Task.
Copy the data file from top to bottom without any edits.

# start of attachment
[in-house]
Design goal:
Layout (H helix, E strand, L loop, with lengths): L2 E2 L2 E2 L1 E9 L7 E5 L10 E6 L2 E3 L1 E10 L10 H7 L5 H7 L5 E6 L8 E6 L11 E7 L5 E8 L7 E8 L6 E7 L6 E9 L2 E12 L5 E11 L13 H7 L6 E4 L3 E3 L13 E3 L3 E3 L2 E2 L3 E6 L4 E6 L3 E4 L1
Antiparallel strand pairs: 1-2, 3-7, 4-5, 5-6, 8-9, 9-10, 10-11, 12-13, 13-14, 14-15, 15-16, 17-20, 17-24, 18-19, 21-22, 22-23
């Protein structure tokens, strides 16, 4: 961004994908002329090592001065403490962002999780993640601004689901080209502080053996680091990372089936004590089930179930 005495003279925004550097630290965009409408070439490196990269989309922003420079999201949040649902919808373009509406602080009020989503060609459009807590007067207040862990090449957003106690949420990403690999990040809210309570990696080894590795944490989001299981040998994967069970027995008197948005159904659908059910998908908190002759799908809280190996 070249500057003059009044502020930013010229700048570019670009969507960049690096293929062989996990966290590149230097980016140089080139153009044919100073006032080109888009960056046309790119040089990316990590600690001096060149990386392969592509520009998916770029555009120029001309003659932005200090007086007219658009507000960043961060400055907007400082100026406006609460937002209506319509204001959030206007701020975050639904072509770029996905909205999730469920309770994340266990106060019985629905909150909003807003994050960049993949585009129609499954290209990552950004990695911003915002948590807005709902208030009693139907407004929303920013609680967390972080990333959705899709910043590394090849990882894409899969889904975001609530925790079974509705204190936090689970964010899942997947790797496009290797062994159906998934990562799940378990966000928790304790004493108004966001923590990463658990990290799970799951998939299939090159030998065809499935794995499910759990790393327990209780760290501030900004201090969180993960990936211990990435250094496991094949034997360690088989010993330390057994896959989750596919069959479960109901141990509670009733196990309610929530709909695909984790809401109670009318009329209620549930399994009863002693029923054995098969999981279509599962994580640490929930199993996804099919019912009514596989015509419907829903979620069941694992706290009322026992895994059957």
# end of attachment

[in-house]
Design goal:
Layout (H helix, E strand, L loop, with lengths): L2 E2 L2 E2 L1 E9 L7 E5 L10 E6 L2 E3 L1 E10 L10 H7 L5 H7 L5 E6 L8 E6 L11 E7 L5 E8 L7 E8 L6 E7 L6 E9 L2 E12 L5 E11 L13 H7 L6 E4 L3 E3 L13 E3 L3 E3 L2 E2 L3 E6 L4 E6 L3 E4 L1
Antiparallel strand pairs: 1-2, 3-7, 4-5, 5-6, 8-9, 9-10, 10-11, 12-13, 13-14, 14-15, 15-16, 17-20, 17-24, 18-19, 21-22, 22-23
């Protein structure tokens, strides 16, 4: 961004994908002329090592001065403490962002999780993640601004689901080209502080053996680091990372089936004590089930179930 005495003279925004550097630290965009409408070439490196990269989309922003420079999201949040649902919808373009509406602080009020989503060609459009807590007067207040862990090449957003106690949420990403690999990040809210309570990696080894590795944490989001299981040998994967069970027995008197948005159904659908059910998908908190002759799908809280190996 070249500057003059009044502020930013010229700048570019670009969507960049690096293929062989996990966290590149230097980016140089080139153009044919100073006032080109888009960056046309790119040089990316990590600690001096060149990386392969592509520009998916770029555009120029001309003659932005200090007086007219658009507000960043961060400055907007400082100026406006609460937002209506319509204001959030206007701020975050639904072509770029996905909205999730469920309770994340266990106060019985629905909150909003807003994050960049993949585009129609499954290209990552950004990695911003915002948590807005709902208030009693139907407004929303920013609680967390972080990333959705899709910043590394090849990882894409899969889904975001609530925790079974509705204190936090689970964010899942997947790797496009290797062994159906998934990562799940378990966000928790304790004493108004966001923590990463658990990290799970799951998939299939090159030998065809499935794995499910759990790393327990209780760290501030900004201090969180993960990936211990990435250094496991094949034997360690088989010993330390057994896959989750596919069959479960109901141990509670009733196990309610929530709909695909984790809401109670009318009329209620549930399994009863002693029923054995098969999981279509599962994580640490929930199993996804099919019912009514596989015509419907829903979620069941694992706290009322026992895994059957």